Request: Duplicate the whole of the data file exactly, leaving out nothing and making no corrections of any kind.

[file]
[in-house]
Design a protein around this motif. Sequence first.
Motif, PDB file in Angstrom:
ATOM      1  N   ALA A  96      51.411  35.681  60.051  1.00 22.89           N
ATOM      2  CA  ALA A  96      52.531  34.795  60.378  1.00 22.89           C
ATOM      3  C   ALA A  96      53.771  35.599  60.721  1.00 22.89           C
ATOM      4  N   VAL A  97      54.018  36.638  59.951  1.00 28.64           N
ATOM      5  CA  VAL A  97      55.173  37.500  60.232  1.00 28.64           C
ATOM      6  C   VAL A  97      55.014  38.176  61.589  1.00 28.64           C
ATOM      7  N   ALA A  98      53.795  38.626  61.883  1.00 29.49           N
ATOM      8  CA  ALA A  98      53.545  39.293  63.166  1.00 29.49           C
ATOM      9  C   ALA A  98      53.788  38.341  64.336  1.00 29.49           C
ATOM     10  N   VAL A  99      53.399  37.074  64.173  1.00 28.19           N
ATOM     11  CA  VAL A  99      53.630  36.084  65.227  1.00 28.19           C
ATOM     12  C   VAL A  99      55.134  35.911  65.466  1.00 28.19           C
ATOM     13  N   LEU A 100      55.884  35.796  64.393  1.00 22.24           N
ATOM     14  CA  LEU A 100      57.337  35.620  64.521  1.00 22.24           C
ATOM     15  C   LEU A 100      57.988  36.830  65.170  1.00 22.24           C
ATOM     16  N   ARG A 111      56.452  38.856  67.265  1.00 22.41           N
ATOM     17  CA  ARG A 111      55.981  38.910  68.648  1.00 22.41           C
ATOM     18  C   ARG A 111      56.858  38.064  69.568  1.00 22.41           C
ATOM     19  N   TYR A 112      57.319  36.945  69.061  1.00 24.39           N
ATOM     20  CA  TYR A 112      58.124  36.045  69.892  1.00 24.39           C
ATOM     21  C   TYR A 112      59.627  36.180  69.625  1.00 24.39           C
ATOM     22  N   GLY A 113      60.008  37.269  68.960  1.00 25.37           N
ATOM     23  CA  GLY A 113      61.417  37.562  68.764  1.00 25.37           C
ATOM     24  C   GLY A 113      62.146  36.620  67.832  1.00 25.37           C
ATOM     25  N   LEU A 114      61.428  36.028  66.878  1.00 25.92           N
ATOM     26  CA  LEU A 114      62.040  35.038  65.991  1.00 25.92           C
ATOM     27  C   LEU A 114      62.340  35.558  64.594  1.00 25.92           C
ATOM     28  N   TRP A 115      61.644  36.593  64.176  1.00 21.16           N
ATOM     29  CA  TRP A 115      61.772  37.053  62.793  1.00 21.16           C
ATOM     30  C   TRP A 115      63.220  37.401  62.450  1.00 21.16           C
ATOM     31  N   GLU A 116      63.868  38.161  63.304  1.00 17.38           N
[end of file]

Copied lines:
[in-house]
Design a protein around this motif. Sequence first.
Motif, PDB file in Angstrom:
ATOM      1  N   ALA A  96      51.411  35.681  60.051  1.00 22.89           N
ATOM      2  CA  ALA A  96      52.531  34.795  60.378  1.00 22.89           C
ATOM      3  C   ALA A  96      53.771  35.599  60.721  1.00 22.89           C
ATOM      4  N   VAL A  97      54.018  36.638  59.951  1.00 28.64           N
ATOM      5  CA  VAL A  97      55.173  37.500  60.232  1.00 28.64           C
ATOM      6  C   VAL A  97      55.014  38.176  61.589  1.00 28.64           C
ATOM      7  N   ALA A  98      53.795  38.626  61.883  1.00 29.49           N
ATOM      8  CA  ALA A  98      53.545  39.293  63.166  1.00 29.49           C
ATOM      9  C   ALA A  98      53.788  38.341  64.336  1.00 29.49           C
ATOM     10  N   VAL A  99      53.399  37.074  64.173  1.00 28.19           N
ATOM     11  CA  VAL A  99      53.630  36.084  65.227  1.00 28.19           C
ATOM     12  C   VAL A  99      55.134  35.911  65.466  1.00 28.19           C
ATOM     13  N   LEU A 100      55.884  35.796  64.393  1.00 22.24           N
ATOM     14  CA  LEU A 100      57.337  35.620  64.521  1.00 22.24           C
ATOM     15  C   LEU A 100      57.988  36.830  65.170  1.00 22.24           C
ATOM     16  N   ARG A 111      56.452  38.856  67.265  1.00 22.41           N
ATOM     17  CA  ARG A 111      55.981  38.910  68.648  1.00 22.41           C
ATOM     18  C   ARG A 111      56.858  38.064  69.568  1.00 22.41           C
ATOM     19  N   TYR A 112      57.319  36.945  69.061  1.00 24.39           N
ATOM     20  CA  TYR A 112      58.124  36.045  69.892  1.00 24.39           C
ATOM     21  C   TYR A 112      59.627  36.180  69.625  1.00 24.39           C
ATOM     22  N   GLY A 113      60.008  37.269  68.960  1.00 25.37           N
ATOM     23  CA  GLY A 113      61.417  37.562  68.764  1.00 25.37           C
ATOM     24  C   GLY A 113      62.146  36.620  67.832  1.00 25.37           C
ATOM     25  N   LEU A 114      61.428  36.028  66.878  1.00 25.92           N
ATOM     26  CA  LEU A 114      62.040  35.038  65.991  1.00 25.92           C
ATOM     27  C   LEU A 114      62.340  35.558  64.594  1.00 25.92           C
ATOM     28  N   TRP A 115      61.644  36.593  64.176  1.00 21.16           N
ATOM     29  CA  TRP A 115      61.772  37.053  62.793  1.00 21.16           C
ATOM     30  C   TRP A 115      63.220  37.401  62.450  1.00 21.16           C
ATOM     31  N   GLU A 116      63.868  38.161  63.304  1.00 17.38           N